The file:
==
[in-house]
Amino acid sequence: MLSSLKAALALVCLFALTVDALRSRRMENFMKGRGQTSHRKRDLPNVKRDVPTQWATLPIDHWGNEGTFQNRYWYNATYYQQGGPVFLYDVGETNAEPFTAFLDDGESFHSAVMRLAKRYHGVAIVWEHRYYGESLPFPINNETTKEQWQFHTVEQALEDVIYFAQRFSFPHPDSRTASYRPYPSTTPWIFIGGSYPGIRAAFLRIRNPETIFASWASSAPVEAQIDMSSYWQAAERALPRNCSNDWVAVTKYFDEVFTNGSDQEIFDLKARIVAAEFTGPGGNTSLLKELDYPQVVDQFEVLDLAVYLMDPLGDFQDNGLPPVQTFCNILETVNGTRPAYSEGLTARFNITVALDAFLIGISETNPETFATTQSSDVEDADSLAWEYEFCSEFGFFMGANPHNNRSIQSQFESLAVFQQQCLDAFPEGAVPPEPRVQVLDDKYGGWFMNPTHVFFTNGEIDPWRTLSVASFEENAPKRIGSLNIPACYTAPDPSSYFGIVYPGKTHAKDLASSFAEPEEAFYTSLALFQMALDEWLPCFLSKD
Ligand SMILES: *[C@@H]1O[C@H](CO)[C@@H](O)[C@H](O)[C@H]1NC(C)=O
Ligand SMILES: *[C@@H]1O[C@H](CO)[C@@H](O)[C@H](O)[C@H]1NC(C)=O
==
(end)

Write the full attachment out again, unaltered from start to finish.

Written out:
[in-house]
Amino acid sequence: MLSSLKAALALVCLFALTVDALRSRRMENFMKGRGQTSHRKRDLPNVKRDVPTQWATLPIDHWGNEGTFQNRYWYNATYYQQGGPVFLYDVGETNAEPFTAFLDDGESFHSAVMRLAKRYHGVAIVWEHRYYGESLPFPINNETTKEQWQFHTVEQALEDVIYFAQRFSFPHPDSRTASYRPYPSTTPWIFIGGSYPGIRAAFLRIRNPETIFASWASSAPVEAQIDMSSYWQAAERALPRNCSNDWVAVTKYFDEVFTNGSDQEIFDLKARIVAAEFTGPGGNTSLLKELDYPQVVDQFEVLDLAVYLMDPLGDFQDNGLPPVQTFCNILETVNGTRPAYSEGLTARFNITVALDAFLIGISETNPETFATTQSSDVEDADSLAWEYEFCSEFGFFMGANPHNNRSIQSQFESLAVFQQQCLDAFPEGAVPPEPRVQVLDDKYGGWFMNPTHVFFTNGEIDPWRTLSVASFEENAPKRIGSLNIPACYTAPDPSSYFGIVYPGKTHAKDLASSFAEPEEAFYTSLALFQMALDEWLPCFLSKD
Ligand SMILES: *[C@@H]1O[C@H](CO)[C@@H](O)[C@H](O)[C@H]1NC(C)=O
Ligand SMILES: *[C@@H]1O[C@H](CO)[C@@H](O)[C@H](O)[C@H]1NC(C)=O